• PRIMARY KEY cannot contain null values.
  • The value of a PRIMARY KEY should not be changed with time.
  • Each individual row in the table should contain a PRIMARY KEY.

Example:

StuIDRollFirstNameLastNameEmail
0142HarryKane[email protected]
0243RonWiesley[email protected]
0344DobbyWright[email protected]

StuID is the primary key in the above example since it can uniquely identify each record in the table.

4. ALTERNATE KEY

ALTERNATE KEY helps in identifying the records in the table distinctly. There can be several columns in a table that can identify individual rows in the table separately. Out of those attributes, only one attribute is chosen as the PRIMARY KEY. The rest of the attributes become ALTERNATE KEYS.

Example:

StuIDRollFirstNameLastNameEmail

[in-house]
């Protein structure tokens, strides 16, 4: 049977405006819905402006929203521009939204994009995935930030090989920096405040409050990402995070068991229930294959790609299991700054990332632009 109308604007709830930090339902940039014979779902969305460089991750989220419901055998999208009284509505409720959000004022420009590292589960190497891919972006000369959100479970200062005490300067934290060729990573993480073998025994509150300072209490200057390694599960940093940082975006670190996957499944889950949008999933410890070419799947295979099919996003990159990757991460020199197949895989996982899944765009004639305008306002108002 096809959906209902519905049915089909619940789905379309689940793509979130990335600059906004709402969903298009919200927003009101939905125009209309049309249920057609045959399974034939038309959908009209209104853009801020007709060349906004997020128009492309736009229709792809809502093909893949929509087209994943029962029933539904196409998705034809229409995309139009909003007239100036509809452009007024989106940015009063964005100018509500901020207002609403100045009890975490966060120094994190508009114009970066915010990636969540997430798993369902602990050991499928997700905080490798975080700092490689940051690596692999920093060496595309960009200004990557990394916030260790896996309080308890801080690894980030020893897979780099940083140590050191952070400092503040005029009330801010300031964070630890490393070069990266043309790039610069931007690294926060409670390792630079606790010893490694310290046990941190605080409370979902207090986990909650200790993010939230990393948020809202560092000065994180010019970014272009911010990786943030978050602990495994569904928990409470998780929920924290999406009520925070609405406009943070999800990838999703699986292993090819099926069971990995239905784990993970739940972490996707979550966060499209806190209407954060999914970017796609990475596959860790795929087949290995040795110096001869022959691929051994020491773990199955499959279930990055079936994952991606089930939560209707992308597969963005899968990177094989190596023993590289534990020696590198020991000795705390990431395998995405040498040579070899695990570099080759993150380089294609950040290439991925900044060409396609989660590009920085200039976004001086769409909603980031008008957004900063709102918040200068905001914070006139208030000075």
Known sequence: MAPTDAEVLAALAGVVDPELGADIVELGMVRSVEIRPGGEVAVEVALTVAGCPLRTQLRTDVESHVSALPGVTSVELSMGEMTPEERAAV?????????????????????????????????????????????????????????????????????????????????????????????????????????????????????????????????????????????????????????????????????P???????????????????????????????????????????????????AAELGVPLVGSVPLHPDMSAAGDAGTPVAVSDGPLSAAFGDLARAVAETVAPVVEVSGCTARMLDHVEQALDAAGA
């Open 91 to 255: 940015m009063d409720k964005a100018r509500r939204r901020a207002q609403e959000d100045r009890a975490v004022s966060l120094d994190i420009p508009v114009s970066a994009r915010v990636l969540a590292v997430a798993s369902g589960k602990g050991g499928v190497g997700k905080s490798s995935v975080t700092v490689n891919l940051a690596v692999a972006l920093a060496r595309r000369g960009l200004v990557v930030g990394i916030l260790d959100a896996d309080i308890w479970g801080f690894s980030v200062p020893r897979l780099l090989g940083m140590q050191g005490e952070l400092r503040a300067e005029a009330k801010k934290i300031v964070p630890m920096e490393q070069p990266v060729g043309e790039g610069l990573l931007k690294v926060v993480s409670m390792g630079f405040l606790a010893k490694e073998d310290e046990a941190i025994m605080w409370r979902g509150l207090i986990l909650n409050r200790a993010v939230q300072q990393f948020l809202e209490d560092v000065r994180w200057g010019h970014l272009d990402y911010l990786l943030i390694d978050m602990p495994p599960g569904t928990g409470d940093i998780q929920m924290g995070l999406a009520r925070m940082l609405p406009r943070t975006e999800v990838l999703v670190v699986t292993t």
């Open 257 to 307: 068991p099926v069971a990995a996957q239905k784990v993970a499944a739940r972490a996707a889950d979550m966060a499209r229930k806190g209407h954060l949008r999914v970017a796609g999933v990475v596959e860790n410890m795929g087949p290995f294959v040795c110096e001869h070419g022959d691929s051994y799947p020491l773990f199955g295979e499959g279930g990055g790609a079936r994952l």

0142HarryKane[email protected]
0243RonWiesley[email protected]
0344DobbyWright[email protected]

In the above example, Roll and Email are ALTERNATE KEYS.

The following representation will help understand CANDIDATE KEY, PRIMARY KEY, and ALTERNATE KEY in a better way.

5. COMPOSITE KEY

COMPOSITE KEY is a merger of multiple columns that help in identifying each row distinctly. This distinctness is guaranteed only when the columns are combined. When the columns are taken individually, it does not promise distinctiveness. A PRIMARY KEY which is made of multiple attributes, is defined as a COMPOSITE KEY.

Example:

OrderNoProductIDProductNameQuantity
A0015624185LCD1
A0013216546Printer2
A0013516527Mouse3
A0029816846Keypad1
A0037160354USB5

In the above example, OrderNo and ProductID combined to form the COMPOSITE KEY. They individually cannot identify each row in the table uniquely, but when they are combined, they can identify each record in the table uniquely.